The female bordered mantis on the left is about four to 10 times heavier and much more powerful than the male on the right. Photo by Josh Cassidy/KQED

The female bordered mantis on the left is about four to 10 times heavier and much more powerful than the male on the right. Photo by Josh Cassidy/KQED

Sexual cannibalism typically only occurs in animals that are predators, because they have the equipment and predatory drive necessary to kill a potential mate.

It’s also much more common when one of the sexes is significantly larger than the other. For mantises, the females tend to be bigger and much stronger.

From an evolutionary standpoint, being eaten by your mate isn’t always a bad thing. For one thing, the mother of your offspring will be more well-fed and may therefore lay more and healthier eggs. And female mantises lay about 100 eggs in a single batch, so the father is replaced many times over.

A female bordered mantis consumes a male mantis without mating with him. Photo by Josh Cassidy/KQED

A female bordered mantis consumes a male mantis without mating with him. Photo by Josh Cassidy/KQED

According to Maxwell, aside from cannibalizing their sexual partners, about a third of border mantis females also mate with multiple males throughout the breeding season.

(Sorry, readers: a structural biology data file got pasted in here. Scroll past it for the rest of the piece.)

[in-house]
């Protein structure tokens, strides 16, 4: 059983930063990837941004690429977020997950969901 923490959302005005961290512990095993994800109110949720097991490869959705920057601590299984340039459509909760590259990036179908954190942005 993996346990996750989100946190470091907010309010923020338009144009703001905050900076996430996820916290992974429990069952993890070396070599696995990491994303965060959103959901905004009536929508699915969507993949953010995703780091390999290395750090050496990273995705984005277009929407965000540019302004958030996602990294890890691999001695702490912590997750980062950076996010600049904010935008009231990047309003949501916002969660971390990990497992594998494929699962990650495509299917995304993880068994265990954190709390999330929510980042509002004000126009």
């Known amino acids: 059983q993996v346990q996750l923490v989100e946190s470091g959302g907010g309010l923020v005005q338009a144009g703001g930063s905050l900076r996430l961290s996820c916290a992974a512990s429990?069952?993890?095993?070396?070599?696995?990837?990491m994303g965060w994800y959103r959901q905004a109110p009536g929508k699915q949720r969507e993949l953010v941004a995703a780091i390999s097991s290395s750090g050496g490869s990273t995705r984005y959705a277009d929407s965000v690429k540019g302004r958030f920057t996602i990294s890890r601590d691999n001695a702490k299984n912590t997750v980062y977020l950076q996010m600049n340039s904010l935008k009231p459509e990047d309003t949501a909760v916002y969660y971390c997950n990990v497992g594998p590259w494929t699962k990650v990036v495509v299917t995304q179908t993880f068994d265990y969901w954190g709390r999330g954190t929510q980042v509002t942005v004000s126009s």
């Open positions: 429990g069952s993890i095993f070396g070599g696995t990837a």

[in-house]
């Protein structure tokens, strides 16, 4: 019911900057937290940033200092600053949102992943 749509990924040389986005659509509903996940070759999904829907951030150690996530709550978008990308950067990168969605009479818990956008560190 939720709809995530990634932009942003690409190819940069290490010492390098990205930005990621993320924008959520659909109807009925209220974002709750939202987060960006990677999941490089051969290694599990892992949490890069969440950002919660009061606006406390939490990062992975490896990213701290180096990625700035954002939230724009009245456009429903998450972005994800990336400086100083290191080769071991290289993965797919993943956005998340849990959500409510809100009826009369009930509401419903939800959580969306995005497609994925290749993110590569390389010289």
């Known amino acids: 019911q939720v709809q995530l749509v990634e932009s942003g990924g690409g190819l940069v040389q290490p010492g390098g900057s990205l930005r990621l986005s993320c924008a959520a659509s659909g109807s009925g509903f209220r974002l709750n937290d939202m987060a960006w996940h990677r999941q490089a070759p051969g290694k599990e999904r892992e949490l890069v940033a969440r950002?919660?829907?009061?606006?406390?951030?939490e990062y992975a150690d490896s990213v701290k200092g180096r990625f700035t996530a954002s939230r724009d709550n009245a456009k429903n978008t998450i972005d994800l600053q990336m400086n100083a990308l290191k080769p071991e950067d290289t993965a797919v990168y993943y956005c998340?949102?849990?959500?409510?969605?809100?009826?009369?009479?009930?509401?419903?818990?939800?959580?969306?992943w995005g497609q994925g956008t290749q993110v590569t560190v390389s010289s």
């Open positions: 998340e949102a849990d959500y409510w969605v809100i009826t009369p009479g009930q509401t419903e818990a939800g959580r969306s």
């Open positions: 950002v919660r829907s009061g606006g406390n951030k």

The research has left Maxwell with questions.

“From the female’s perspective,” he wondered, “what would drive them to mate with multiple males in the first place?”

One possibility, he refers to as “the lottery idea.”

Maxwell thinks that by mating with multiple males, females may be able to create more genetic diversity among their offspring. That can be a good way for females to hedge their bets in an uncertain environment.

“Who knows what it will be like a year from now when her babies hatch?” Maxwell said. “At least some of the offspring might be able to thrive in the new environment better than their siblings.”

A big key to understanding the mantis mating strategy would be to find out which males are actually fathering the female’s eggs when she mates with more than one male.

To find out, Maxwell captured mantises during the mating season and set up controlled matings in which he could track which mantises mated.

Female bordered mantises lay about 100 eggs inside a stiff foamy protective case called an ootheca. Photo by Josh Cassidy/KQED

Female bordered mantises lay about 100 eggs inside a stiff foamy protective case called an ootheca. Photo by Josh Cassidy/KQED

About two weeks after mating, females lay their eggs in a rigid, foamy structure called an ootheca. The eggs overwinter inside the ootheca and hatch in the spring.

Maxwell collected the eggs that resulted from theses supervised mating and plans to study the genetics back in San Diego to figure out which males fathered the most eggs.

If it turns out that the eggs were fathered by both males, it could mean that female mantises mate with multiple males simply to get enough sperm to fertilize all of her eggs or to ensure variation in her offspring.

If Maxwell finds that most of the eggs were fertilized by the first male, that might reveal that female mantises might mate with multiple males for another reason. One possibility is that they select multiple mates in order to have a second opportunity to get extra nutrition by cannibalizing their mate.

“I don’t really know why they mate with multiple males,” said Maxwell. “Right now I’m in the exploratory stage. We’ll see what studying their genetics reveals about why these mantises do what they do.”

This report was produced by KQED’s Deep Look. You can view the original report on its website.